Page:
Over the years, Hadoop, has spawned the once-soaring open-source platform, many businesses and an ecosystem of providers. It was long assumed that some big companies would come out of the pack and that Hortonworks went public in 2014. Cloudera followed suit three years later, but the market slowed down and the two companies announced today that they are merging into a $ 5.2 billion deal based on yesterday's closing price
Part of the problem with Hadoop although it was downloadable, it was pure complexity. Here companies like Hortonworks and Cloudera came into play. They bundled it for IT departments that wanted the benefit of a large computing platform, but did not necessarily want to build Hadoop from scratch.
These companies offered several ways to help address this complexity, but over time with all the cloud-based big data solutions, the roll-up of a Hadoop system seemed useless, even with the help of companies like Cloudera and Hortonworks.
In an interview in 2017, Carl Oloff, an analyst at IDC, described the differences between the two companies, differences that could now help them if they become a single company.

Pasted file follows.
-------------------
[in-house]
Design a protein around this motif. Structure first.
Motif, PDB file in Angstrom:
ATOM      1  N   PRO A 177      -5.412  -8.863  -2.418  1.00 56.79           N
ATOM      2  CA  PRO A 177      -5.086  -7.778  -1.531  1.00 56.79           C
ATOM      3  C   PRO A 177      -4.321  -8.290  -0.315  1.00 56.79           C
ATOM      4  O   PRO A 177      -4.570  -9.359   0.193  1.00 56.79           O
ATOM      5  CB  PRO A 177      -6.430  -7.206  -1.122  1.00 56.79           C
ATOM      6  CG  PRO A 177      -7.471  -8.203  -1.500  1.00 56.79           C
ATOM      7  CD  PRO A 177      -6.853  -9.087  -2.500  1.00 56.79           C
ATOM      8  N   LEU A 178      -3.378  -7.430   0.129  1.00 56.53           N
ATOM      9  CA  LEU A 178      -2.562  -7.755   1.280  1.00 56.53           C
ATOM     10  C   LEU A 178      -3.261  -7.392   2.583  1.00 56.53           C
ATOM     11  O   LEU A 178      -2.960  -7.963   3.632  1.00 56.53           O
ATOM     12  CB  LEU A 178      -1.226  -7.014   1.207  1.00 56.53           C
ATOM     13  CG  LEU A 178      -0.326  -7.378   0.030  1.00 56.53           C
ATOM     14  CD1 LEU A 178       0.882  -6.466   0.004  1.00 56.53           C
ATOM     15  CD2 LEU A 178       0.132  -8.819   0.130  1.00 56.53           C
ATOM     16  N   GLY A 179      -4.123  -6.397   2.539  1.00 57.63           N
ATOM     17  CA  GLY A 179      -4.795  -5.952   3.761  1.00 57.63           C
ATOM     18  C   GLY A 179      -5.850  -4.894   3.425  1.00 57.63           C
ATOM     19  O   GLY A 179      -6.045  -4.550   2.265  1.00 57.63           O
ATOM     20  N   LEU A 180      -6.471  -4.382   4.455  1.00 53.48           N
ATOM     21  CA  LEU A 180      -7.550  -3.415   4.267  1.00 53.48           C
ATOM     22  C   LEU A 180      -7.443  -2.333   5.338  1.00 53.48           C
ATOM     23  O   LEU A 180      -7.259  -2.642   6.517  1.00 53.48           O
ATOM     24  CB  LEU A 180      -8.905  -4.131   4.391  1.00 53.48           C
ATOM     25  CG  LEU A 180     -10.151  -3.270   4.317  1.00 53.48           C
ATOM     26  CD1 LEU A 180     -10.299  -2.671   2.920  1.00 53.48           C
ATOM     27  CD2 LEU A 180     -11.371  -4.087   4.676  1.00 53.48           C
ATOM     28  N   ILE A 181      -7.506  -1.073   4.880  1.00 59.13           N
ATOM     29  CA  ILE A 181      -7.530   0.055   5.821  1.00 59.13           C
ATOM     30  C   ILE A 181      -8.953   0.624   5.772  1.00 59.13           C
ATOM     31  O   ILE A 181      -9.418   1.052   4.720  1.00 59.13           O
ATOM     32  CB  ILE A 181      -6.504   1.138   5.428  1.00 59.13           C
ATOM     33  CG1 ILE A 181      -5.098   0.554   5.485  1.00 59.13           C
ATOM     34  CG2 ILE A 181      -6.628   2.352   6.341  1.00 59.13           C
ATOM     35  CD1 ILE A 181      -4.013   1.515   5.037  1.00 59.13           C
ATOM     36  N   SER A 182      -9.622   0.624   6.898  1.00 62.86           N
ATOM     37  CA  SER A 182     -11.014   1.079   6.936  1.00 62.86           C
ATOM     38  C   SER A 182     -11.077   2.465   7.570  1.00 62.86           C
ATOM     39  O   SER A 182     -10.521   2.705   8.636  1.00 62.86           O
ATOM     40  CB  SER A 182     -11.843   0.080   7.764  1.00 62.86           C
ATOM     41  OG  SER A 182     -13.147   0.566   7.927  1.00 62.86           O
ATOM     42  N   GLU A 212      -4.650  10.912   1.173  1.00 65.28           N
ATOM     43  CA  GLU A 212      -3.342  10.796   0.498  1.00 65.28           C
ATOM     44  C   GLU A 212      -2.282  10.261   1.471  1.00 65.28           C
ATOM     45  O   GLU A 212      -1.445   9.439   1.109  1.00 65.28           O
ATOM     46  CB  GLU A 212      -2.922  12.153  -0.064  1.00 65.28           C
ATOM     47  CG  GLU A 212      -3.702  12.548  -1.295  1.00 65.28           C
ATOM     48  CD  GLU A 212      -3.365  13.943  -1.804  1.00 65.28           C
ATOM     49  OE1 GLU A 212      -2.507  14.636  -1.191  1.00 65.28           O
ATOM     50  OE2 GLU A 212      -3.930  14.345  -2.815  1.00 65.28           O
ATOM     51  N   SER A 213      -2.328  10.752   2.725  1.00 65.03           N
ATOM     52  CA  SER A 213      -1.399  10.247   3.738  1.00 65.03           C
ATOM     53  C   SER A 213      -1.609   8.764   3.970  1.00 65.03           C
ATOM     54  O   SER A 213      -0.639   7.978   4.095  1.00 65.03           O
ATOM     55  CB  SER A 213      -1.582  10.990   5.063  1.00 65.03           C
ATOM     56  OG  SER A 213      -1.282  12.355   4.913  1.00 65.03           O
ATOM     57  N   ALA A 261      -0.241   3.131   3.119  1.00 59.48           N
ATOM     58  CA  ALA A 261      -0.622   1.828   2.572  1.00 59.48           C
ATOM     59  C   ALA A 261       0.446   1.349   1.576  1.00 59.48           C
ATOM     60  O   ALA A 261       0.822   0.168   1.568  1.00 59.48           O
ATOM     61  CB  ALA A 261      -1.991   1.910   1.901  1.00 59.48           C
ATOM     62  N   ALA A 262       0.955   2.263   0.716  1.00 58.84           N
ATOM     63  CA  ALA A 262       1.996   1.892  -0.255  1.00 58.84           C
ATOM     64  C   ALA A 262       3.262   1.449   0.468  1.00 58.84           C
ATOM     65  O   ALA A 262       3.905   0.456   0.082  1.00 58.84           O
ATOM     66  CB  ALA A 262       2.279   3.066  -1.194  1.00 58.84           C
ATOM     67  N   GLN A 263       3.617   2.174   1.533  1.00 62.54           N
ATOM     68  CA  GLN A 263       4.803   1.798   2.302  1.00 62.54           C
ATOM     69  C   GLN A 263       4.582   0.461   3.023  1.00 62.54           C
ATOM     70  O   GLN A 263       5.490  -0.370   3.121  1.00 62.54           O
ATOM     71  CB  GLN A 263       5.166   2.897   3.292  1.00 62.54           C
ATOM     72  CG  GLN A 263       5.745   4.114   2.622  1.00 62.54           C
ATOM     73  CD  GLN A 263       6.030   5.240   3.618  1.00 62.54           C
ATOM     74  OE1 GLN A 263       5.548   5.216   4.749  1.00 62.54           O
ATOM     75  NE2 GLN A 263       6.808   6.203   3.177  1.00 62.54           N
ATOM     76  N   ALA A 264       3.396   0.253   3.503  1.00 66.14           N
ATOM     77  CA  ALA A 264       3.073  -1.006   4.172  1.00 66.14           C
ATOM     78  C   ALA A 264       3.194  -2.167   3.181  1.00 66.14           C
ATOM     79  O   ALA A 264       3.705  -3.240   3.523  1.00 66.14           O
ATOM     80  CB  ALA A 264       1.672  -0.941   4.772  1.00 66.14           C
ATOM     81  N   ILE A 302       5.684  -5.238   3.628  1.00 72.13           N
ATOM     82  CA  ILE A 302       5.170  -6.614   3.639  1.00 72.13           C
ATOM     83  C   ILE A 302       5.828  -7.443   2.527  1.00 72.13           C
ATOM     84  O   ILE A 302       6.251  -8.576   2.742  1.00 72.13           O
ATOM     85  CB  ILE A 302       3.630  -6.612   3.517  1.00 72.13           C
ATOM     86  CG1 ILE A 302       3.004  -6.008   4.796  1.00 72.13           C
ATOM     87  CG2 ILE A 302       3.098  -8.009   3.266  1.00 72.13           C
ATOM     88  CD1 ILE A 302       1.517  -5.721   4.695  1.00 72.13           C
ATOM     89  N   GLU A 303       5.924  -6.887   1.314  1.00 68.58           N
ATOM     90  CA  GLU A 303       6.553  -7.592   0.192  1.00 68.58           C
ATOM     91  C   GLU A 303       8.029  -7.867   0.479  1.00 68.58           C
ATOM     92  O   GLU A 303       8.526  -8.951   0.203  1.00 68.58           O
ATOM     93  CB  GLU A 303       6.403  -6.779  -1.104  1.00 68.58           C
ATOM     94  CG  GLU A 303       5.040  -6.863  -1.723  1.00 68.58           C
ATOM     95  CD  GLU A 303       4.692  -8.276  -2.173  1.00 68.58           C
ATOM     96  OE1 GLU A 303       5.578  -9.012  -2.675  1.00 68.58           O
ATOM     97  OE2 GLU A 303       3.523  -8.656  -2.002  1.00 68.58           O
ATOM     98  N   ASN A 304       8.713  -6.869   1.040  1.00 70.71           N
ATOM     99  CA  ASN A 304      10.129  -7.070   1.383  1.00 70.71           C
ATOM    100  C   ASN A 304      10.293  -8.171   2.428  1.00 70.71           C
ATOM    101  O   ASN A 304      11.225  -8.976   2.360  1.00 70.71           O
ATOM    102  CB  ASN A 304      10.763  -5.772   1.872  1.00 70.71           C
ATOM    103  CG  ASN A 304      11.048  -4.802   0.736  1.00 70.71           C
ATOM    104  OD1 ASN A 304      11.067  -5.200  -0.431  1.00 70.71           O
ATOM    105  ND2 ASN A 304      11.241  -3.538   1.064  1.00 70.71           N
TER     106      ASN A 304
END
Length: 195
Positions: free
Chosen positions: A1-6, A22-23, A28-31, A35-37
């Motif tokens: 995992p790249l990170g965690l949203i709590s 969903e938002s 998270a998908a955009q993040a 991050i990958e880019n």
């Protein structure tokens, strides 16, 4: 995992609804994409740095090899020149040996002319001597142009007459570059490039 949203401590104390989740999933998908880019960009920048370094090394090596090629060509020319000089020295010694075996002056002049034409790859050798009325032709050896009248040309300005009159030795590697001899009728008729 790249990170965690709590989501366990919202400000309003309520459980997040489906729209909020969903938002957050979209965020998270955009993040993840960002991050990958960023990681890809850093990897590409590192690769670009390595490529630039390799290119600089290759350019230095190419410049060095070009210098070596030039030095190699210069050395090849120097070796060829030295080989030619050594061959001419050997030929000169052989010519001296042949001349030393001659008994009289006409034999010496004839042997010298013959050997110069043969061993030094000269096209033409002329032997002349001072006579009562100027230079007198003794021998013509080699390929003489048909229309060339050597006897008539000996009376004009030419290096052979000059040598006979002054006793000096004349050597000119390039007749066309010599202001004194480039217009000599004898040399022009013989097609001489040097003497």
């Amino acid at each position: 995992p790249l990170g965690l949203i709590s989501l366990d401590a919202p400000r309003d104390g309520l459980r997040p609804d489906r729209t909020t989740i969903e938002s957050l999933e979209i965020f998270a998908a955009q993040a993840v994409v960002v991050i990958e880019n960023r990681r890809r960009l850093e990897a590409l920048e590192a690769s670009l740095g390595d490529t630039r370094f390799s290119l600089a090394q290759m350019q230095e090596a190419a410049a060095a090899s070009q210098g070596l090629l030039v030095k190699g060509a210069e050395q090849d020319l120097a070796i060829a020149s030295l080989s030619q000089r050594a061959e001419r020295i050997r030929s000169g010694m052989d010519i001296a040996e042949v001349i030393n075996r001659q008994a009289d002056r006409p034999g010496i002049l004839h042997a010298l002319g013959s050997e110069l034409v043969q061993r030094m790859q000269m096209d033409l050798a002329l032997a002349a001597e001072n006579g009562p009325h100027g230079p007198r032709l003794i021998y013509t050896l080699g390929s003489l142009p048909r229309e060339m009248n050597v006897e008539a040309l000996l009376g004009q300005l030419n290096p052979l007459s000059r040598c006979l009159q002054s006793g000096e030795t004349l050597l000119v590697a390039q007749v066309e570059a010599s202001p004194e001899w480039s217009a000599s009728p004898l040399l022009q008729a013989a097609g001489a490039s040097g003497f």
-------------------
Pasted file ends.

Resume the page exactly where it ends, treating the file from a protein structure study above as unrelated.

Olof described Hortonworks as a "pure open source company" that packages, coordinates and manages open source as a subscription fee product and also sells support. He [said] focuses the company's products primarily on "big data technologists".
Cloudera is a bit different, he said. "[It] offers packages that are mostly open source, but with tools that are proprietary and that target various classes of business issues, they sell to business managers, so their approach is different and as a result they have a higher percentage of their income Software as Hortonworks, "Olofson told TechCrunch.
Sometimes the best answer to a fragmented market comes together, and that's exactly what two companies have done today. The transaction involves a merger of all shares, with each partner receiving the same ownership, according to a statement announcing the deal.
Tom Reilly, Cloudera's longtime CEO, sees the two companies as complementary they could not be separated. "Our businesses are highly complementary and strategic, bringing together Hortonworks' end-to-end data management investment with Cloudera's data warehousing and machine learning investments to become the industry's first enterprise data cloud from Edge to AI Deliver, "Reilly said in a statement
You could imagine, Hortonworks CEO Rob Bearden agreed. "This compelling merger will provide added value for our respective shareholders, enabling clients, partners, employees and the open source community to benefit from the combination of increased offerings, greater scope and improved cost competitiveness of this combination," he said Statement.  The combined companies will have 2,500 customers, $ 720 million in sales, and $ 500 million in cash without debt, according to the company.
Cloudera, which was founded in 2008, raised more than $ 1 billion before going public. In 2014, Intel Capital experienced a major outbreak of $ 740 million. Hortonworks, founded three years later, raised $ 248 million.